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ARS Home » Northeast Area » Wyndmoor, Pennsylvania » Eastern Regional Research Center » Food Safety and Intervention Technologies Research » Research » Publications at this Location » Publication #327842

Research Project: Development of Alternative Intervention Technologies for Fresh or Minimally Processed Foods

Location: Food Safety and Intervention Technologies Research

Title: Inactivation of Escherichia coli 0157:H7 and aerobic microorganisms in Romaine lettuce packaged in a commercial polyethylene terephthalate container using atmospheric cold plasma

Author
item Min, Sea Cheol - Seoul Women'S University
item Roh, Si Hyeon - Seoul Women'S University
item Boyd, Glenn
item Sites, Joseph
item Uknalis, Joseph
item Fan, Xuetong
item Niemira, Brendan

Submitted to: Journal of Food Protection
Publication Type: Peer Reviewed Journal
Publication Acceptance Date: 9/3/2016
Publication Date: 1/1/2017
Citation: Min, S., Roh, S., Boyd, G., Sites, J.E., Uknalis, J., Fan, X., Niemira, B.A. 2017. Inactivation of Escherichia coli 0157:H7 and aerobic microorganisms in Romaine lettuce packaged in a commercial polyethylene terephthalate container using atmospheric cold plasma. Journal of Food Protection. 80(1):35-43.

Interpretive Summary: Leafy greens can be contaminated with human pathogens, but there are few treatments that can be employed after the product is in a commercial package. This study evaluated cold plasma as a treatment for the inactivation of the pathogen Escherichia coli O157:H7 and aerobic microorganisms in Romaine lettuce packaged in a conventional commercial plastic container. The study was conducted during storage at 4C for 7 days. Romaine lettuce pieces, with or without inoculation with a cocktail of three strains of E. coli O157:H7 (approximately 6 log CFU/g lettuce), were packaged in a polyethylene terephthalate commercial “clear clamshell” type container and treated at cold plasma generated by 47.2 kV at 1.1 kHz for 5 min using a pin-type high-voltage electrode. Romaine lettuce samples were analyzed for inactivation of E. coli O157:H7, total mesophilic aerobes, and yeasts and molds. Leaves were also evaluated for color, respiration, weight (i.e. water content), and surface morphology during storage. The cold plasma treatment reduced the initial counts of E. coli O157:H7 and total aerobic microorganisms by ~90%, with negligible temperature change. The reductions in the numbers of E. coli O157:H7, total mesophilic aerobes, and yeasts and molds during storage were 84-97%, 80-99% and 87-98%, respectively. Cold plasma treatment did not significantly affect the color, respiration, water content or surface morphology of lettuce during storage. Some mesophilic aerobic bacteria were sublethally injured by cold plasma. This study demonstrates the potential of applying cold plasma as a post-packaging treatment to decontaminate lettuce contained in conventional plastic packages without altering leaf sensory quality.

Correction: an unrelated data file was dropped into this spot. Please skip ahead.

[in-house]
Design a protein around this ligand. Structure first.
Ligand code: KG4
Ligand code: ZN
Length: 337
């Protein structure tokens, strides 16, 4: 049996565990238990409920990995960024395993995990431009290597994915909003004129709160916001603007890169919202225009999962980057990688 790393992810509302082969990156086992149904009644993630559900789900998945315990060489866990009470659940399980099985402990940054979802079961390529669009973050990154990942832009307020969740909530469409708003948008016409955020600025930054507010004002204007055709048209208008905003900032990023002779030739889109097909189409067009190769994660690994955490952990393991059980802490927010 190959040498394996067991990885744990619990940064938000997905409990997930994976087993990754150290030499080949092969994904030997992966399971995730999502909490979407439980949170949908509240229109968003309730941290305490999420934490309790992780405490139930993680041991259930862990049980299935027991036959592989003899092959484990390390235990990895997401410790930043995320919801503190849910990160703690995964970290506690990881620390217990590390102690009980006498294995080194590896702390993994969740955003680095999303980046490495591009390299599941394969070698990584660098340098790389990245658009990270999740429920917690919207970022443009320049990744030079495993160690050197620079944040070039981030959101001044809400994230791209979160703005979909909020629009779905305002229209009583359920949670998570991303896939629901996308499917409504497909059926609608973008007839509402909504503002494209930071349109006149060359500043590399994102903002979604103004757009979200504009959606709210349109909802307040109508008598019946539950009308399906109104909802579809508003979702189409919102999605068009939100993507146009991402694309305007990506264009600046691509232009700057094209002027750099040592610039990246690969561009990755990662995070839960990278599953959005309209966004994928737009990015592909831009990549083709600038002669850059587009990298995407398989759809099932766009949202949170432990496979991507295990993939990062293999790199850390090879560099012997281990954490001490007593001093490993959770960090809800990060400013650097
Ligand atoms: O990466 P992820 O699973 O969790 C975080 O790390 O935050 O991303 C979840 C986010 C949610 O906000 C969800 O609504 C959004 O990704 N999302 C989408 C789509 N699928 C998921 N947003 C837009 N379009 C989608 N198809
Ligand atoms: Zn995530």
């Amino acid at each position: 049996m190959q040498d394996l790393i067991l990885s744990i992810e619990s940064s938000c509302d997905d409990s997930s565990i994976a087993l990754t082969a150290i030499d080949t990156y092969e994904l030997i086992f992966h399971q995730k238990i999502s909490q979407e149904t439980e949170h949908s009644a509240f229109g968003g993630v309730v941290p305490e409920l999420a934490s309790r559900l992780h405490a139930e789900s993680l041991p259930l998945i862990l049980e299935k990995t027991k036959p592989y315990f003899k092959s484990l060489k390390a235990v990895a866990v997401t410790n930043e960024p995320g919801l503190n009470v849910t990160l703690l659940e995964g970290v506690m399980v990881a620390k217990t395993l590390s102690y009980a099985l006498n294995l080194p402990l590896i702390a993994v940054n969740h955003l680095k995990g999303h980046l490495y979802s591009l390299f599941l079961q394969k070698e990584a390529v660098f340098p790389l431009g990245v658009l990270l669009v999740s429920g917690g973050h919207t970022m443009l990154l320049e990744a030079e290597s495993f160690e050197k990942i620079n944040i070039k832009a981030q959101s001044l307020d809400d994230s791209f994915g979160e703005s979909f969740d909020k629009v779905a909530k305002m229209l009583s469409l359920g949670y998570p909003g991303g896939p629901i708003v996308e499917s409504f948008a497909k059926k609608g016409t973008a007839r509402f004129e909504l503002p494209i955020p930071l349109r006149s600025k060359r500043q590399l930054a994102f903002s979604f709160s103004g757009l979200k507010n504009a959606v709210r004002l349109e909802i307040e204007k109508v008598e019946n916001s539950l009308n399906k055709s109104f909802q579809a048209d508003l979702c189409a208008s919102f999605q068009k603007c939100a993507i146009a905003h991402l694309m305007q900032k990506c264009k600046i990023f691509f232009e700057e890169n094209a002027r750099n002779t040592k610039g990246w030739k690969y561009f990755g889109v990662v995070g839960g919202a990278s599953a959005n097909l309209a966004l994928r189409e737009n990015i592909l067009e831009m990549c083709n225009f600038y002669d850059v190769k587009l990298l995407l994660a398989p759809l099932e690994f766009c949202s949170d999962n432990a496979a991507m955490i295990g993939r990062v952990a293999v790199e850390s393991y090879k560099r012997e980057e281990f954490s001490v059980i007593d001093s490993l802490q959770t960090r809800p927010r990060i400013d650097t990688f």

Technical Abstract: The effects of dielectric barrier discharge atmospheric cold plasma (DACP) treatment on the inactivation of Escherichia coli O157:H7 and aerobic microorganisms in Romaine lettuce packaged in a conventional commercial plastic container were evaluated during storage at 4 degrees C for 7 days. Effects investigated included the color, carbon dioxide (CO2) generation, weight loss, and surface morphology of the lettuce during storage. Romaine lettuce pieces, with or without inoculation with a cocktail of three strains of E. coli O157:H7 (approximately 6 log CFU/g lettuce), were packaged in a polyethylene terephthalate commercial clamshell container and treated at 47.2 kV at 1.1 kHz for 5 min using an DACP treatment system equipped with a pin-type high-voltage electrode. Romaine lettuce samples were analyzed for inactivation of E. coli O157:H7, total mesophilic aerobes, and yeasts and molds, color, CO2 generation, weight loss, and surface morphology during storage at 4 degrees C for 7 days. The DACP treatment reduced the initial counts of E. coli O157:H7 and total aerobic microorganisms by approximately 1 log CFU/g, with negligible temperature change from 24.5 +/- 1.4 to 26.6 +/- 1.7 degrees C. The reductions in the numbers of E. coli O157:H7, total mesophilic aerobes, and yeasts and molds during storage were 0.8-1.5, 0.7-1.9, and 0.9-1.7 log CFU/g, respectively. DACP treatment, however, did not significantly affect the color, CO2 generation, weight, and surface morphology of lettuce during storage (P > 0.05). Some mesophilic aerobic bacteria were sublethally injured by DACP treatment. The results from this study demonstrate the potential of applying DACP as a post-packaging treatment to decontaminate lettuce contained in conventional plastic packages without altering color and leaf respiration during post-treatment cold storage.